FIG. 6. Using Gaussian 03W, Hartree-Fock optimization was performed for deprotonated AlDeSense using the 3-21G basis set. All non-peptidic residues in the ALDH1A1 crystal structure (PDB ID: 4WB9) were removed prior to docking. Unbiased docking studies were performed using the AutoDock Vina application within UCSF Chimera.

FIG. 7. pH profiles of AlDeSense and Ctrl-AlDeSense. The fluorescence of 1 μM of each compound was measured in 40 mM Britton-Robinson buffer at pH 2-9 in 0.5 pH intervals. Each measurement was performed in triplicate. Graphpad Prism (version 7.03) was used to plot the data with a sigmoidal fit. Error bars are ±standard deviation (SD).

FIG. 8. Normalized fluorescence of AlDeSense and Ctrl-AlDeSense over time after repeated irradiation at 480 nm in an IVIS spectrum imaging system. Measurements were performed in triplicate; error bars are ±SD.

FIG. 9. Comparison of normalized fluorescence turn-on of 1 μM AlDeSense incubated with 100 nM ALDH1A1 and 1 μM AlDeSense incubated with 100 nM ALDH1A1 supplemented with 100 nM 4-diethylaminobenzaldehyde (DEAB). Both reactions were done with 2.5 mM NAD+ and 50 mM TEA (pH 7.4) at room temperature.

FIG. 10. Normalized fluorescence turn-on of AlDeSense after incubation with 100 nM concentration of each ALDH isoform for 30 min at room temperature. Measurements were performed in triplicate; error bars are ±SD.

FIG. 11. Trypan blue cytotoxicity assay for (a) AlDeSense and (b) Ctrl-AlDeSense in K562 cells over 6, 12, and 24 hours. Each sample was matched with a DMSO vehicle control and done in triplicate. Error bars are ±SD.

FIG. 12. Trypan blue cytotoxicity assay for (c) AlDeSense AM, (d) Ctrl-AlDeSense AM, and (e) oxidized AlDeSense (the turned-over product) in K562 cells over 6, 12, and 24 hours. Each sample was matched with a DMSO vehicle control and done in triplicate. Error bars are ±SD.

FIG. 13. Flow cytometry analysis of K562 cells stained with 2 μM AlDeSense (right-skewed curve in graphs of both panes), 2 μM Ctrl-AlDeSense (left-skewed curve in graph of right pane) and 2 μM AlDeSense after inhibition with 25 μM disulfiram (left-skewed curve in graph of left pane). Inhibition was accomplished by preincubating the cells in 25 μM disulfiram for 60 min before staining with dye for 30 min at room temperature. Data analyzed on FCS Express 6.04.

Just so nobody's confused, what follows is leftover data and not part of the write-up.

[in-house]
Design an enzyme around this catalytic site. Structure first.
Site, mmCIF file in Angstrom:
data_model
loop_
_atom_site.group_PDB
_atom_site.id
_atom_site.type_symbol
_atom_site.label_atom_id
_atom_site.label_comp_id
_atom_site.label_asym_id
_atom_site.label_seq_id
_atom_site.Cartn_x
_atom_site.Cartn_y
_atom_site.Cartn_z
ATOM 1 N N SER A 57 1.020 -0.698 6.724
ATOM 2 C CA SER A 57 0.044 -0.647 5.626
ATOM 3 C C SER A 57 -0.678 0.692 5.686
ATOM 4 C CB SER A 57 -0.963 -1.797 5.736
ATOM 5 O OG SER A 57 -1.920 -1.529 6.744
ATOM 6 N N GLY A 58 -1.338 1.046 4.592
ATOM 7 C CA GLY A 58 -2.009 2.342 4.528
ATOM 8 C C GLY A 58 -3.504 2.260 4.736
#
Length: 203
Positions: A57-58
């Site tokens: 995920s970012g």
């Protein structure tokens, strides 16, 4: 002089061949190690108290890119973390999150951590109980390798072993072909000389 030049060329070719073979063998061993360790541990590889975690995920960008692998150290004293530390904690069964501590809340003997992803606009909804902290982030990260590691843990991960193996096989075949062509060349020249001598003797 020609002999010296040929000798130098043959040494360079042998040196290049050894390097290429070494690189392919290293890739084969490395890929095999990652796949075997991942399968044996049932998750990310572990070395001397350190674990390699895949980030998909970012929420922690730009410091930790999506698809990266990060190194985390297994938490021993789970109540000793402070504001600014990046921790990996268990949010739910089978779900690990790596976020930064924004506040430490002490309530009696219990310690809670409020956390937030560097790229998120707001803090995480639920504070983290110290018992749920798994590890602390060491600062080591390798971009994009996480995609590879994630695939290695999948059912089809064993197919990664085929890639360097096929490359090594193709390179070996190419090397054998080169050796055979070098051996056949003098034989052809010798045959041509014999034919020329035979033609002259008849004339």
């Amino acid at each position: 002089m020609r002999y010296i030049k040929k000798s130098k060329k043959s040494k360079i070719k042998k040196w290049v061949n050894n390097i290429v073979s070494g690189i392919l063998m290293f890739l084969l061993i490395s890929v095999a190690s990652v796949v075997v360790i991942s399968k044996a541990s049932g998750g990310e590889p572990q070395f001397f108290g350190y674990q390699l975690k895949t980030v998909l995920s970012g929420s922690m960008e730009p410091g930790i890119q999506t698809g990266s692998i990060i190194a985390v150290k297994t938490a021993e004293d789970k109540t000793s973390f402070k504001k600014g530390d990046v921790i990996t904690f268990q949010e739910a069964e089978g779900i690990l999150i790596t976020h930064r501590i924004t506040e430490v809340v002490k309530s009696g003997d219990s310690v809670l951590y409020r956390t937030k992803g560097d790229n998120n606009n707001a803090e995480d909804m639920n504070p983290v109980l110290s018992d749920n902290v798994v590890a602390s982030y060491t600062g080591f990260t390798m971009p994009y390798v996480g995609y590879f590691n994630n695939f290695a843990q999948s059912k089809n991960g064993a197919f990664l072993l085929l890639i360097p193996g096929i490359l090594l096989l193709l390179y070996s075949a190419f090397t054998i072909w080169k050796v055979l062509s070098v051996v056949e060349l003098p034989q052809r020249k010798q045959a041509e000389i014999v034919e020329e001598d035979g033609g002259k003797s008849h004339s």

FIG. 14. Comparison of CSC-like populations within wild-type K562 cells using flow cytometry analysis of staining with AlDeSense, CD34, and CD38. To locate these populations, the live singlets from the bulk cell population were gated for cells with higher signal compared to Ctrl-AlDeSense as well as cells that were CD38−. (a) The remaining cells were CD34+, CD38− and AlDeSense+, the expected staining pattern for leukemic stem cells. (b) Growing cells under hypoxic conditions increases the population of CSC-like cells by 1.6-fold. Data was collected and averaged over duplicate runs.

FIG. 15. Colocalization study of AlDeSense with various organelle trackers in K562 cells. (a) Colocalization of AlDeSense with Rhodamine 101 methyl ester, (b) colocalization of AlDeSense with ER Tracker Red, and (c) colocalization of AlDeSense with LysoTracker Red. Pearson's R coefficients (p) are averages of 18 measurements over three images. Scale bar is 20 μm.

FIG. 16. Colocalization study of AlDeSense including nuclear stain in K562 cells. Signals from (a) brightfield, (b) AlDeSense, (c) LysoTracker Red, and (d) Hoescht 33342, as well as (e) merged image of all four signals. Scale bar is 20 μm.

FIG. 17. Representative images of K562 cells stained with (a) AlDeSense after 60 min preincubation with vehicle or (b) AlDeSense after 60 min preincubation with 10 μM disulfiram in PBS. Scale bars are 100 μm. (c) Percentage of total cells showing fluorescence after both vehicle and disulfiram preincubation (Error bars±SD, n=9, unpaired t-test with Welch's correction).

FIG. 18. Representative images of K562 cells treated with (a) scrambled negative control siRNA or (b) siRNA specific for ALDH1A1. (c) Mean fluorescence of cells treated with scrambled negative control siRNA or ALDH1A1 siRNA. (Error bars are ±SD, n=15, unpaired t-test with Welch's correction). (d) Western blot analysis of K562 cells treated with (1) scrambled siRNA or (2) siRNA specific for ALDH1A1. A band of approximately 55 kDa was detected (predicted molecular weight: 55 kDa). Band of sample treated with scrambled siRNA has 1.6-fold higher intensity than the band treated with ALDH1A1 specific siRNA.